2. Laragh JH, Sealey JE. The plasma renin test reveals the contribution of body sodium-volume content (V) and renin–angiotensin (R) vasoconstriction to long-term blood pressure. American Journal of Hypertension. 2011;24(11):1164–1180.
3. Olson N, DeJongh B, Hough A, Parra D. Plasma renin activity-guided strategy for the management of hypertension. Pharmacotherapy: The Journal of Human Pharmacology and Drug Therapy. 2012;32(5):446–455.
4. AV C, GL B, HR B, et al. The seventh report of the joint national committee on prevention, detection, evaluation, and treatment of high blood pressure: The JNC 7 report. JAMA. 2003;289(19):2560–2571.
5. Dasgupta K, Quinn RR, Zarnke KB, Rabi DM, Ravani P, Daskalopoulou SS, et al. The 2014 Canadian Hypertension Education Program recommendations for blood pressure measurement, diagnosis, assessment of risk, prevention, and treatment of hypertension. Canadian Journal of Cardiology. 2014;30(5):485–501.
6. Furberg CD, Alderman MH. JNC 8: Shortcomings in process and treatment recommendations. American Journal of Hypertension. 2014;p. 158.
7. James PA, Oparil S, Carter BL, et al. 2014 evidence-based guideline for the management of high blood pressure in adults: Report from the panel members appointed to the eighth joint national committee (JNC 8). JAMA. 2014;311(5):507–520.
8. Krause T, Lovibond K, Caulfield M, McCormack T, Williams B. Management of hypertension: summary of NICE guidance. BMJ. 2011;343.
9. Weber MA, Schiffrin EL, White WB, Mann S, Lindholm LH, Kenerson JG, et al. Clinical Practice Guidelines for the Management of Hypertension in the Community. The Journal of Clinical Hypertension. 2014;16(1):14–26.
10. Smith SM, Campbell JD. Cost-effectiveness of renin-guided treatment of hypertension. American journal of hypertension. 2013;26(11):1303–1310.
Comparisons of Age/race vs. PRA-guided strategies
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13. Preston RA, Materson BJ, Reda DJ, Williams DW, Hamburger RJ, Cushman WC, et al. Age-race subgroup compared with renin profile as predictors of blood pressure response to antihypertensive therapy. Jama. 1998;280(13):1168–1172.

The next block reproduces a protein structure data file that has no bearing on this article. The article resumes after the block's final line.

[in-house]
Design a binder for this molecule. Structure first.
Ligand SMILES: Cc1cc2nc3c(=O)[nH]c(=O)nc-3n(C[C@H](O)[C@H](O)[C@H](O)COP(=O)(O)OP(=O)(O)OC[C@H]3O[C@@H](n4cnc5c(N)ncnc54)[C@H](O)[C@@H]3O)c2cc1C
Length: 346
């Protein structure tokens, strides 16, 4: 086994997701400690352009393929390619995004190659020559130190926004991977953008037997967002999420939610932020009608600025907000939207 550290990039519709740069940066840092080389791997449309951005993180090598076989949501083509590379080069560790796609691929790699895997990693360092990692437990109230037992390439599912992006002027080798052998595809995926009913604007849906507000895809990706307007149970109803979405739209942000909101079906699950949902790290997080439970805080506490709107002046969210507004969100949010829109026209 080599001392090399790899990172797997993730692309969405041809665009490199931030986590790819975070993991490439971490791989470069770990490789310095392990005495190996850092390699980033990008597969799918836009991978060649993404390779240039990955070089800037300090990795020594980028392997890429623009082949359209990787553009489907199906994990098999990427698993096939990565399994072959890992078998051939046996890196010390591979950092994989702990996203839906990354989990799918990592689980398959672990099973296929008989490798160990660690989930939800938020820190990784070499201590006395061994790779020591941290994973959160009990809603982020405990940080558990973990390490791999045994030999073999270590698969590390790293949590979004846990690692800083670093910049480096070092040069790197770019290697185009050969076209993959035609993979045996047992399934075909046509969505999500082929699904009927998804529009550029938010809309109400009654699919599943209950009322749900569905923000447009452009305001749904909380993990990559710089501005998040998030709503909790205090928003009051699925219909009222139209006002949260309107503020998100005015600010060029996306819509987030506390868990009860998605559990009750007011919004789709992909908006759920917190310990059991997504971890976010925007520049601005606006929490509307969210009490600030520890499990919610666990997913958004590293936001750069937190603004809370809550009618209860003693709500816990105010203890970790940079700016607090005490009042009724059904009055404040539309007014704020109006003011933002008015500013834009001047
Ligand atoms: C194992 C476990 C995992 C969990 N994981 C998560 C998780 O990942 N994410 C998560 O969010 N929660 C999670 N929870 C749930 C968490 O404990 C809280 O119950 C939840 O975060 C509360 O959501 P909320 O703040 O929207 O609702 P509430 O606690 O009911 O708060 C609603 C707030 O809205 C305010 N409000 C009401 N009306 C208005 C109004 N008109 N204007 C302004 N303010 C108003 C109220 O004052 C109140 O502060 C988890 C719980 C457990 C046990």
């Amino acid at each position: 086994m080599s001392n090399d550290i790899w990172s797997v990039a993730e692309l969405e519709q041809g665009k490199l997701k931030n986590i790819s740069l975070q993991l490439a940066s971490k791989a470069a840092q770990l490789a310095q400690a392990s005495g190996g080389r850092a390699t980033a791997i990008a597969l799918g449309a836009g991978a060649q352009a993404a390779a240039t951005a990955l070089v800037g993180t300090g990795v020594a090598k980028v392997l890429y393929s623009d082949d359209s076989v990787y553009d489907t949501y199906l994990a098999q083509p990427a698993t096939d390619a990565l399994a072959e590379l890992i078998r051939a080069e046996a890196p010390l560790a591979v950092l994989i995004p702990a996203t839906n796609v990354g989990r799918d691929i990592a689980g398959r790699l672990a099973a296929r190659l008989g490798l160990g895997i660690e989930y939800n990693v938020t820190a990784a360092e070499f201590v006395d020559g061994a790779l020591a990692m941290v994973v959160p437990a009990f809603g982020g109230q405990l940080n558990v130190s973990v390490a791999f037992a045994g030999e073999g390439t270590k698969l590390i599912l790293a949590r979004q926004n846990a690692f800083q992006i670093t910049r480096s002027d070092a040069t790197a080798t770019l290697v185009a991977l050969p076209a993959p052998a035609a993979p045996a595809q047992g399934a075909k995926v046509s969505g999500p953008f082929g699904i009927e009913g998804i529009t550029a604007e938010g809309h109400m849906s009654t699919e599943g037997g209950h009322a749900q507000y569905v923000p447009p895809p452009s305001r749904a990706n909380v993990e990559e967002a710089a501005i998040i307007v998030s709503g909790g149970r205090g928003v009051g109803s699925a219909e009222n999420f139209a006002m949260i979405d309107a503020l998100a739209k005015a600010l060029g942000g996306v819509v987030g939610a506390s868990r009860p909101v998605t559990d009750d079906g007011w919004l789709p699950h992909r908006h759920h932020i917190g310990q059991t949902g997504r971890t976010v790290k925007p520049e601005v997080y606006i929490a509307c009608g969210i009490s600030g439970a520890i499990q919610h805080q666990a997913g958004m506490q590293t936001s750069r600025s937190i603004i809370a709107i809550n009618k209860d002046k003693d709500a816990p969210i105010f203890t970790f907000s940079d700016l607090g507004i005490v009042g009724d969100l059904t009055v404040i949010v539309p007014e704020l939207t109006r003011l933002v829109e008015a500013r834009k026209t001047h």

14. Schwartz GL, Bailey K, Chapman AB, Boerwinkle E, Turner ST. The role of plasma renin activity, age, and race in selecting effective initial drug therapy for hypertension. American Journal of Hypertension. 2013;p. 957–964.
15. Smith SM, Campbell JD. Cost-Effectiveness of Renin-Guided Treatment of Hypertension. American journal of hypertension. 2013;26(11):1303–1310.
16. Turner ST, Schwartz GL, Chapman AB, Beitelshees AL, Gums JG, Cooper-DeHoff RM, et al. Plasma renin activity predicts blood pressure responses to β-blocker and thiazide diuretic as monotherapy and add-on therapy for hypertension. American journal of hypertension. 2010;23(9):1014–1022.
Criticism of the Laragh method
17. Moser M, Izzo JL. Plasma renin measurement in the management of hypertension: the V and R hypothesis.
The Journal of Clinical Hypertension. 2005;7(s8):32–35.
18. Dahlöf B, Sever PS, Poulter NR, Wedel H, Beevers DG, Caulfield M, et al. Prevention of cardiovascular events with an antihypertensive regimen of amlodipine adding perindopril as required versus atenolol adding bendroflumethiazide as required, in the Anglo-Scandinavian Cardiac Outcomes Trial-Blood Pressure Lowering Arm (ASCOT-BPLA): a multicentre randomised controlled trial. The Lancet. 2005;366(9489):895–906.
19. Davis B, Cutler JA, Gordon D, et al. Major outcomes in high risk hypertensive patients randomized to angiotensin-converting enzyme inhibitor or calcium channel blocker vs diuretic: The Antihypertensive and Lipid Lowering treatment to prevent Heart Attack Trial (ALLHAT). Jama. 2002;288(23):2981–2997.
20. Group AS, et al. Effects of intensive blood-pressure control in type 2 diabetes mellitus. The New England Journal of Medicine. 2010;362(17):1575.
21. Jamerson K, Weber MA, Bakris GL, Dahlöf B, Pitt B, Shi V, et al. Benazepril plus amlodipine or hydrochlorothiazide for hypertension in high-risk patients. New England Journal of Medicine. 2008;359(23):2417–2428.
23. Laragh JH, Sealey JE. Relevance of the plasma renin hormonal control system that regulates blood pressure and sodium balance for correctly treating hypertension and for evaluating ALLHAT. American Journal of Hypertension. 2003;16(5):407–415. Pressor responses to antihypertensives
Pressor Response to Beta Blockers
24. Alderman MH, Cohen HW, Sealey JE, Laragh JH. Pressor responses to antihypertensive drug types. American
journal of hypertension. 2010;23(9):1031–1037.
Laragh Method Show Notes (PDF)
Laragh Method Transcript (PDF)